Frailty and risk of cardiovascular disease and mortality.
Prospective cohort studies suggest that frailty is associated with an increased risk of incident cardiovascular disease (CVD) morbidity and mortality, but their mechanistic and developmental relations are not fully understood. We investigated whether frailty predicted an increased risk of incident nonfatal and fatal CVD among community-dwelling older adults.
A population cohort of 5015 participants aged 55 years and above free of CVD at baseline was followed for up to 10 years. Pre-frailty and frailty were defined as the presence of 1–2 and 3–5 modified Fried criteria (unintentional weight loss, weakness, slow gait speed, exhaustion, and low physical activity), incident CVD events as newly diagnosed registered cases of myocardial infarction (MI), stroke, and CVD-related mortality (ICD 9: 390 to 459 or ICD-10: I00 to I99). Covariate measures included traditional cardio-metabolic and vascular risk factors, medication therapies, Geriatric Depression Scale (GDS), Mini-Mental State Exam (MMSE), and blood biomarkers (haemoglobin, albumin, white blood cell counts and creatinine).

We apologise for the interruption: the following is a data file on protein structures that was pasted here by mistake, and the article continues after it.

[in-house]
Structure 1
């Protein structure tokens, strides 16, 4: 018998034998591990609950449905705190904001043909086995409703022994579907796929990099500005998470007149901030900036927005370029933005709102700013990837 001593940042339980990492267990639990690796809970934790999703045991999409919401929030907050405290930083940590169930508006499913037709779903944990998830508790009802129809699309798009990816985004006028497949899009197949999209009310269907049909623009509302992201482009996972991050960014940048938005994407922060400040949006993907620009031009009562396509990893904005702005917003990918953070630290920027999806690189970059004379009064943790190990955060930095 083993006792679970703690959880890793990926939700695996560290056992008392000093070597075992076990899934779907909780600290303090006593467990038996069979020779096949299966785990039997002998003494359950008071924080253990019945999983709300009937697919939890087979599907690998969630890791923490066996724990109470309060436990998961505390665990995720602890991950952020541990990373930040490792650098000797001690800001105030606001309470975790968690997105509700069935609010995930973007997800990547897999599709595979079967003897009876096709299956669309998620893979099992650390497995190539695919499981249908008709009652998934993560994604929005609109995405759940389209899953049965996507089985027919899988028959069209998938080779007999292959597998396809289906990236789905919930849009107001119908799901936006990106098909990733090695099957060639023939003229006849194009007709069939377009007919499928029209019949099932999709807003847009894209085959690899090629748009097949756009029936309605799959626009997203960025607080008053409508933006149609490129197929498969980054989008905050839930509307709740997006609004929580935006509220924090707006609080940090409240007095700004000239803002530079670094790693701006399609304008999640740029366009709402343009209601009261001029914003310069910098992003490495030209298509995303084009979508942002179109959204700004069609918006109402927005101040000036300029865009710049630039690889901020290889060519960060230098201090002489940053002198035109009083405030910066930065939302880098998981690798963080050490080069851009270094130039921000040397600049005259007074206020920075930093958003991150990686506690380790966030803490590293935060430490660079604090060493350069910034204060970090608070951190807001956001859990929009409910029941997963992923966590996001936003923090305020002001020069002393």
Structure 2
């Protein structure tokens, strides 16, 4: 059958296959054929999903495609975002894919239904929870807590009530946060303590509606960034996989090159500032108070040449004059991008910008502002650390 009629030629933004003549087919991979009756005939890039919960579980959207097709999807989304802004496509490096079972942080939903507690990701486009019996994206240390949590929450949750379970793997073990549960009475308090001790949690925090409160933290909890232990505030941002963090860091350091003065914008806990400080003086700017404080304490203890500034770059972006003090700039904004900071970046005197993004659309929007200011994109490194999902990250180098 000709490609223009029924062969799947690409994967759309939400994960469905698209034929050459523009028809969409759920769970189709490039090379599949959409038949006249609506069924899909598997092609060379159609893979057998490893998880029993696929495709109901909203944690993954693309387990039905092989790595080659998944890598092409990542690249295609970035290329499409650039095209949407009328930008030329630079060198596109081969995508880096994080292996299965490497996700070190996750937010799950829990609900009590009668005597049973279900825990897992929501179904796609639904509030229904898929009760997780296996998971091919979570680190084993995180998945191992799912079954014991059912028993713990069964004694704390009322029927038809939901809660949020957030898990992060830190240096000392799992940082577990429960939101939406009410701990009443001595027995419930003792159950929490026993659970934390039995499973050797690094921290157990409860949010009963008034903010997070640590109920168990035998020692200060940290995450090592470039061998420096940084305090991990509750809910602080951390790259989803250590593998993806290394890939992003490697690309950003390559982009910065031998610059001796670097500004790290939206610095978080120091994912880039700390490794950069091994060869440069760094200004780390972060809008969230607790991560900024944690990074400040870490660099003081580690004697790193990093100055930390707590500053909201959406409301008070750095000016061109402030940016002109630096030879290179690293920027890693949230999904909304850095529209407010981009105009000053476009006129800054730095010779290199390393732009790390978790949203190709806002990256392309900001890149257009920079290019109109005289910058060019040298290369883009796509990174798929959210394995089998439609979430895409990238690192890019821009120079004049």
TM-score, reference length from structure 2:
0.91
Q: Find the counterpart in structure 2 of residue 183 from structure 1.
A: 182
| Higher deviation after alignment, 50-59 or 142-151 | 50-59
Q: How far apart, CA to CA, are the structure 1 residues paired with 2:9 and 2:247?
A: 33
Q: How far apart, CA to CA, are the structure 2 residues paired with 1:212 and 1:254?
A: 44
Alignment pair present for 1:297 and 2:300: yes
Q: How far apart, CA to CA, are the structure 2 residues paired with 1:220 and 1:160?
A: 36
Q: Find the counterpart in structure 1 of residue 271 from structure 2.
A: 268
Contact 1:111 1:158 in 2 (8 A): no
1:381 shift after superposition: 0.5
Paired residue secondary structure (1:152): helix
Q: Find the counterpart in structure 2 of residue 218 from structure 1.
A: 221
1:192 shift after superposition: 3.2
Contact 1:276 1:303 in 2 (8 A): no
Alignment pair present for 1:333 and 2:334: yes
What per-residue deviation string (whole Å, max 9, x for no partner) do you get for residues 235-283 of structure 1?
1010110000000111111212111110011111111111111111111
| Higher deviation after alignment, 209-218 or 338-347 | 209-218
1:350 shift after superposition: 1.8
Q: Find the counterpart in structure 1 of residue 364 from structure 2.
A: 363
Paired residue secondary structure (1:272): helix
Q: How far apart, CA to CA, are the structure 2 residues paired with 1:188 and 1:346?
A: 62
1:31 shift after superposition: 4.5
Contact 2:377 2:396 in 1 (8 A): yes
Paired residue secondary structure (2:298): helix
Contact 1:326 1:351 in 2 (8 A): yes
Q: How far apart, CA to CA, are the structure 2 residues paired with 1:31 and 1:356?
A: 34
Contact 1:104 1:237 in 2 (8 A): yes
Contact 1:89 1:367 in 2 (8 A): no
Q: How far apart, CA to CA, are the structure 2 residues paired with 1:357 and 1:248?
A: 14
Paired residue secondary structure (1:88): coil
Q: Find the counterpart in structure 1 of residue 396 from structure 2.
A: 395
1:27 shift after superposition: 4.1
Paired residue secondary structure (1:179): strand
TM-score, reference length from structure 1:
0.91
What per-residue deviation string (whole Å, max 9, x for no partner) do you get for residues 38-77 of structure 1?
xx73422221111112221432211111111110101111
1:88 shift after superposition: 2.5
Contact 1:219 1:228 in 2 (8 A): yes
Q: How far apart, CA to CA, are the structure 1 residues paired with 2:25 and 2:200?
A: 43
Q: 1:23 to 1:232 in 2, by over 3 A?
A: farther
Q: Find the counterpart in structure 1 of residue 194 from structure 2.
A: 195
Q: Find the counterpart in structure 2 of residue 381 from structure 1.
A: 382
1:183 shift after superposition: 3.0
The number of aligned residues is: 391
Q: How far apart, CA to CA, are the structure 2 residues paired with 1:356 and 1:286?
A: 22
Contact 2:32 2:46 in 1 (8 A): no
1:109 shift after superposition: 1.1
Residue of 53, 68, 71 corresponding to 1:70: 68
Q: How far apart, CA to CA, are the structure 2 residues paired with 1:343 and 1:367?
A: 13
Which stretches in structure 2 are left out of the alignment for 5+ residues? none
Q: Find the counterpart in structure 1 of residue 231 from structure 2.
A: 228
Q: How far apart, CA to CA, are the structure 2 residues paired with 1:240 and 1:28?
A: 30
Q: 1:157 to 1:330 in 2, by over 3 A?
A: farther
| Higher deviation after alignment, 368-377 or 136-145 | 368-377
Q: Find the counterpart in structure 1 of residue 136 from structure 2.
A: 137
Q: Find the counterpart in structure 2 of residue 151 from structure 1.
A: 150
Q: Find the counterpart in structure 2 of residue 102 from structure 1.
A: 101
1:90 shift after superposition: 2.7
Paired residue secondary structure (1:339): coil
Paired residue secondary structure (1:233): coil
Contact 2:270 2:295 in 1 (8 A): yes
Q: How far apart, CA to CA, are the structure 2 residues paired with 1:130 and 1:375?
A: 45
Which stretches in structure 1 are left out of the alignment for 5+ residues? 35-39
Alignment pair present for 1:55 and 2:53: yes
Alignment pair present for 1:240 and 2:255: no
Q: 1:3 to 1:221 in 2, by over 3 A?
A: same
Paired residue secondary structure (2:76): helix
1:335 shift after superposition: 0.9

Pre-frailty and frailty were significantly associated with elevated HR = 1.26 (95%CI: 1.02–1.56) and HR = 1.54 (95%CI:1.00–2.35) of overall CVD, adjusted for cardio-metabolic and vascular risk factors and medication therapies, but not after adjustment for GDS depression and MMSE cognitive impairment. The HR of association between frailty status and both CVD mortality and overall mortality, however, remained significantly elevated after full adjustment for depression, cognitive and blood biomarkers.
Frailty was associated with increased risk of CVD morbidity and especially mortality, mediated in parts by traditional cardio-metabolic and vascular risk factors, and co-morbid depression and associated cognitive impairment and chronic inflammation. Given that pre-frailty and frailty are reversible by multi-domain lifestyle and health interventions, there is potential benefits in reducing cardiovascular diseases burden and mortality from interventions targeting pre-frailty and early frailty population.
Journal/Conference/Book titlePLOS One